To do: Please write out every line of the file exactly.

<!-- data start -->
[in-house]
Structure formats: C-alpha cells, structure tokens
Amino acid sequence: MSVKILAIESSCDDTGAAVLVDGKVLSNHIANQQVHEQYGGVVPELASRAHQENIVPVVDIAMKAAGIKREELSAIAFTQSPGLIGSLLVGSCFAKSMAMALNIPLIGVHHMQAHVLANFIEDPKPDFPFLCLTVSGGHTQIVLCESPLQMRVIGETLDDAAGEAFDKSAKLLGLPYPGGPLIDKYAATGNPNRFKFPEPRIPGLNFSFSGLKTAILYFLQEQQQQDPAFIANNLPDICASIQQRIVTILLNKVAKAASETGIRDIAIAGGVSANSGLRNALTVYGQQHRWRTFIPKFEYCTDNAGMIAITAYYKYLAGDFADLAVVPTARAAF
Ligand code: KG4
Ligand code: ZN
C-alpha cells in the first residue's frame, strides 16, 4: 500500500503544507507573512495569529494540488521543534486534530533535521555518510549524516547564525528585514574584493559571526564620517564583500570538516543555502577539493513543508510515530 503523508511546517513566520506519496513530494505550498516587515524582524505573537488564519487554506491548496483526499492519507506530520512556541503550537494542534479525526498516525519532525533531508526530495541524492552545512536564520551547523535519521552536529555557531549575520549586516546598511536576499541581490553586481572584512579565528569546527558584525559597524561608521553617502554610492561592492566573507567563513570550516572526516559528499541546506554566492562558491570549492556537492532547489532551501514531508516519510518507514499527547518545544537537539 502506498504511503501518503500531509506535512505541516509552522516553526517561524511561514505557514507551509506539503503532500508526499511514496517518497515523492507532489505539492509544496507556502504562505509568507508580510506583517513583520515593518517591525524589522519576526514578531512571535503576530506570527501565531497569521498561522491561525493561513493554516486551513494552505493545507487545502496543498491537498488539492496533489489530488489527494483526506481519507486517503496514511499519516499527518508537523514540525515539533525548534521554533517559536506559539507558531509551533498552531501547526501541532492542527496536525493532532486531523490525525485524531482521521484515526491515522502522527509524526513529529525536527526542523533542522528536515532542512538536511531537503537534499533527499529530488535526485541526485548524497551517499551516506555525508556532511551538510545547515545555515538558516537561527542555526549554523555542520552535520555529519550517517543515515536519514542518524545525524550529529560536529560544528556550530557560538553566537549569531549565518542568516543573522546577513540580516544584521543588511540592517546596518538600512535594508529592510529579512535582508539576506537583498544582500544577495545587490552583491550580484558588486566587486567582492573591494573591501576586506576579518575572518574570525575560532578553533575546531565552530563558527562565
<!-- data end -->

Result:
[in-house]
Structure formats: C-alpha cells, structure tokens
Amino acid sequence: MSVKILAIESSCDDTGAAVLVDGKVLSNHIANQQVHEQYGGVVPELASRAHQENIVPVVDIAMKAAGIKREELSAIAFTQSPGLIGSLLVGSCFAKSMAMALNIPLIGVHHMQAHVLANFIEDPKPDFPFLCLTVSGGHTQIVLCESPLQMRVIGETLDDAAGEAFDKSAKLLGLPYPGGPLIDKYAATGNPNRFKFPEPRIPGLNFSFSGLKTAILYFLQEQQQQDPAFIANNLPDICASIQQRIVTILLNKVAKAASETGIRDIAIAGGVSANSGLRNALTVYGQQHRWRTFIPKFEYCTDNAGMIAITAYYKYLAGDFADLAVVPTARAAF
Ligand code: KG4
Ligand code: ZN
C-alpha cells in the first residue's frame, strides 16, 4: 500500500503544507507573512495569529494540488521543534486534530533535521555518510549524516547564525528585514574584493559571526564620517564583500570538516543555502577539493513543508510515530 503523508511546517513566520506519496513530494505550498516587515524582524505573537488564519487554506491548496483526499492519507506530520512556541503550537494542534479525526498516525519532525533531508526530495541524492552545512536564520551547523535519521552536529555557531549575520549586516546598511536576499541581490553586481572584512579565528569546527558584525559597524561608521553617502554610492561592492566573507567563513570550516572526516559528499541546506554566492562558491570549492556537492532547489532551501514531508516519510518507514499527547518545544537537539 502506498504511503501518503500531509506535512505541516509552522516553526517561524511561514505557514507551509506539503503532500508526499511514496517518497515523492507532489505539492509544496507556502504562505509568507508580510506583517513583520515593518517591525524589522519576526514578531512571535503576530506570527501565531497569521498561522491561525493561513493554516486551513494552505493545507487545502496543498491537498488539492496533489489530488489527494483526506481519507486517503496514511499519516499527518508537523514540525515539533525548534521554533517559536506559539507558531509551533498552531501547526501541532492542527496536525493532532486531523490525525485524531482521521484515526491515522502522527509524526513529529525536527526542523533542522528536515532542512538536511531537503537534499533527499529530488535526485541526485548524497551517499551516506555525508556532511551538510545547515545555515538558516537561527542555526549554523555542520552535520555529519550517517543515515536519514542518524545525524550529529560536529560544528556550530557560538553566537549569531549565518542568516543573522546577513540580516544584521543588511540592517546596518538600512535594508529592510529579512535582508539576506537583498544582500544577495545587490552583491550580484558588486566587486567582492573591494573591501576586506576579518575572518574570525575560532578553533575546531565552530563558527562565